Will Apple ever ‘get’ gaming?

Federico Viticci:

On the other hand, in the current state of App Store economics, it’s difficult to imagine how Apple could lure major console publishers to release AAA titles under $30 and that aren’t low-res ports, companion apps, or dumbed-down versions of console/PC games. Does Apple care about having the next Destiny on iOS first? The new Call of Duty? Will future iOS hardware be capable of running those kinds of games? Or is Apple just fine with attacking the market from the low end, taking more time to see how game developers will react to new iOS software and hardware in the next five years?

Will Apple ever develop a culture and appreciation for gaming as a medium, not just an App Store category? While others (namely Microsoft) are trying to add more media and entertainment layers on top of existing game infrastructures, Apple is in the opposite situation — running the largest media store and selling devices that are increasingly used as gaming machines, but that still lack the catalog and support of dedicated home consoles.

They’ve come a long way. But they still have a long way to go.

  • gjgustav

    I’m not so sure. A major publisher publishing a game to the Mac or iOS app store will get $21 per sale of a $30 game. How much to they get per sale of a console-based game on sale at your local Best Buy?

    • GFYantiapplezealots

      I don’t know, but the great thing is that developers are the publisher! This is why I love iTunes and the App store. It takes out the record labels and publishers middle men who are just money sapping executives.

    • Agarun Ilyaguyev

      Around 40% is the maximum publishers get from “new copy”sales, and zero for used. For full priced $60 games it amounts to ~$24, and that’s a best case scenario.

      IMO, Apple doesn’t need to “get” gaming. They merely need to expand their platform into the living room [ahem]Apple TV[ahem], giving devs powerful tools to create more immersive (AAA title) experiences.

      I believe they’re already starting to move in that direction. The MFi game controller support in iOS 7 is a sign of things to come. All they need to do is beef up and polish GameCenter experience.

  • Ben Govero

    Well you don’t have to pay a million dollars to develop for iOS, so there’s that.

  • Mother Hydra

    Apple has addressed a portion of my biggest gripe by supporting gamepads. Touch screens (for now) provide an inferior experience with regard to playing games that rely on quick, accurate sequences or combinations. That eliminates a HUGE swath of games right off the bat. So check that off tentatively.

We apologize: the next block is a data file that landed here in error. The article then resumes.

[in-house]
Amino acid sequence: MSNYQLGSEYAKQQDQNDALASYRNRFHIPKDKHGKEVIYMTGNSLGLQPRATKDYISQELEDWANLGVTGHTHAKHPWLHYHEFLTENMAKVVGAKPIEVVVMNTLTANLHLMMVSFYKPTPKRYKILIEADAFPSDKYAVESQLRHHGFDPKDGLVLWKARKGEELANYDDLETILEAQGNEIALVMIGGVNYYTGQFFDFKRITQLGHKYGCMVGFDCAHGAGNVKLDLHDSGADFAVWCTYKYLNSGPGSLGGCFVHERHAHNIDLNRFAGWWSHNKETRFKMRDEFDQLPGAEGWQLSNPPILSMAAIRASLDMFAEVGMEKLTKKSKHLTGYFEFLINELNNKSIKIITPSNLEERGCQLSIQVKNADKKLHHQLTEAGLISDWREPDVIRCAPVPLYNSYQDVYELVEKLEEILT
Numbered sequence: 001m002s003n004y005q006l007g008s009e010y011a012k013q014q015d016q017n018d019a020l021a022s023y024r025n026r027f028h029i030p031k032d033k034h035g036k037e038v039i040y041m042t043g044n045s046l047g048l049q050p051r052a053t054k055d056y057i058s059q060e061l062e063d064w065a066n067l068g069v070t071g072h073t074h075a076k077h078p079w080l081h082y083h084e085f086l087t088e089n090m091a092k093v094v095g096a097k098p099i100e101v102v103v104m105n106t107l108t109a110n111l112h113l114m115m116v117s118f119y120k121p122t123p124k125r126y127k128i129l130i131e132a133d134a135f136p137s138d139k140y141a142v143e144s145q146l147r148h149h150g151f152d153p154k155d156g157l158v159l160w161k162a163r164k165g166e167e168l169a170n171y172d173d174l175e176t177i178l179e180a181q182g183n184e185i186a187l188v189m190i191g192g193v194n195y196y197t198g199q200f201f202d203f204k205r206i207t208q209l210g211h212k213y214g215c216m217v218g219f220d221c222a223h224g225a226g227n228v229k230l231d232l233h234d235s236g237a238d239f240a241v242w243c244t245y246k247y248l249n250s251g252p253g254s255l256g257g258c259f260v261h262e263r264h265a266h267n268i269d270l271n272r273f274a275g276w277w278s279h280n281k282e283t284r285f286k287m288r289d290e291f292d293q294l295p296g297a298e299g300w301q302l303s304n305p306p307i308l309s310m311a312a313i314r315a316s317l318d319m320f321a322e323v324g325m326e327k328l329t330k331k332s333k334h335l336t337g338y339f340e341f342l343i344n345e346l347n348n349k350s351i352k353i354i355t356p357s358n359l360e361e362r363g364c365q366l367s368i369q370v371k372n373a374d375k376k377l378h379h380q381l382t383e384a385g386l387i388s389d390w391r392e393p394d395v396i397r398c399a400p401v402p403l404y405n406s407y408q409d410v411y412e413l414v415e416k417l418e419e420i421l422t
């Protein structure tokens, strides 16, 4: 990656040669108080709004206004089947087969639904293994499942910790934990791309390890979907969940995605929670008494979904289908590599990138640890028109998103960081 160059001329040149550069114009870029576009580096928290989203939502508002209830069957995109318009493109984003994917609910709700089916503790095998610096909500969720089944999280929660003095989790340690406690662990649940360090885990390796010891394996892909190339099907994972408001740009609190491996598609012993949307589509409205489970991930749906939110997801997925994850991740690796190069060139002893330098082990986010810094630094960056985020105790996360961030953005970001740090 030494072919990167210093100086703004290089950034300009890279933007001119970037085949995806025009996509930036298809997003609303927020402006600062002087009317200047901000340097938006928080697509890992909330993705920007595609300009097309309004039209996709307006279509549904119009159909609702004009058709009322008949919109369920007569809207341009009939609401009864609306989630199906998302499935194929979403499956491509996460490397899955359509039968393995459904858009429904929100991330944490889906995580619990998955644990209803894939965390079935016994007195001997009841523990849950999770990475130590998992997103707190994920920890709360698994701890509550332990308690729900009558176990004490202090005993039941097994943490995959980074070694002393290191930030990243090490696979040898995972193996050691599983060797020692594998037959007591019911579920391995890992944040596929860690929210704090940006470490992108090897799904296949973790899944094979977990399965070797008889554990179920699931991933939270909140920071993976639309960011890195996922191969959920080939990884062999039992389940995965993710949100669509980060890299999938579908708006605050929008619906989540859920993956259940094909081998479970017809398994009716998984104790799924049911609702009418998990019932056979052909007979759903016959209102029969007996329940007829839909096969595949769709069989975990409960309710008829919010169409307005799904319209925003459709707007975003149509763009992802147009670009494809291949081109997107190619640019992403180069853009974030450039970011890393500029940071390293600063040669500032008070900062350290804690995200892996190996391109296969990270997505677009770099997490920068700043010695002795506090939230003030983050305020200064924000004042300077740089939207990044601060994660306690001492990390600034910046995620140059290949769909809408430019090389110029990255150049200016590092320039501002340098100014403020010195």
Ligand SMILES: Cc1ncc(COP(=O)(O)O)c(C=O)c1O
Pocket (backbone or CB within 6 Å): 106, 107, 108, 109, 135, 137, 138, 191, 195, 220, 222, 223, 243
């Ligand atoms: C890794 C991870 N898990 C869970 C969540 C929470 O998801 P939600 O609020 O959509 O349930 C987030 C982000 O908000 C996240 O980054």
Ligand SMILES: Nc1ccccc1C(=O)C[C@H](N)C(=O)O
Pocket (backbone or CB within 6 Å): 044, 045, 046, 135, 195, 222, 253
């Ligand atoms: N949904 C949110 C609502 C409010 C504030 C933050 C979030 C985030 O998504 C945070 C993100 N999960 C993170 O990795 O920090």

Second, Apple needs to find some way that allows for major app updates to cost additional money. I’ll site ridiculous fishing: They are gonna have a huge content expansion but anyone that has paid for the game gets that new stuff gratis. Vlambeer is fine with that but this strange policy is what keeps many publishers away. I also don’t believe in-app purchases are a valid way to mitigate this issue. Of course this is possibly the most complex issue for them to tackle, that of differentiating between point updates and DLC versus, say, a total conversion or complete reworking of the game. Going from version 1 of an app to version 2 is a milestone and there needs to be a way to get more value out of the software other than resorting to what the 1Password folks had to do -basically release an additional, published app in the store. No not confusing in the least.

    • gjgustav

      Yep. Paid upgrades, and time and level limited demos would be good too.

    • lucascott

      It’s already there. Just make everything IAP and you can nickel and dime folks all you want.

  • the Ugly Truth

    One only needs to see what happened to Nintendo over time after games were introduced to iOS.

    If the schematics that was provided by AAPL for 3rd party game controllers are true…

    It will only be a matter of time.

  • Moeskido

    Sounds a bit like this guy wants Apple to be something that only a diminishing population continues to care about. Not entirely unlike the guys who brag about building their own computers and writing Linux device drivers as being more relevant than the majority of a world that just wants to get work done.

  • lucascott

    The console as THE gaming device for the masses is dead. Killed off mostly by smart phones and tablets.

    There have been controllers for iOS for a while. The only difference is that Apple is writing the code as an API for folks don’t have to reinvent the wheel with every game.

    And there has been a multiplayer network run by Apple for a while, just folks didn’t want to use it.

    And you can out games on your tv via AirPlay. Some games even even support special playing modes when you do this.

    So what is it that Apple doesn’t get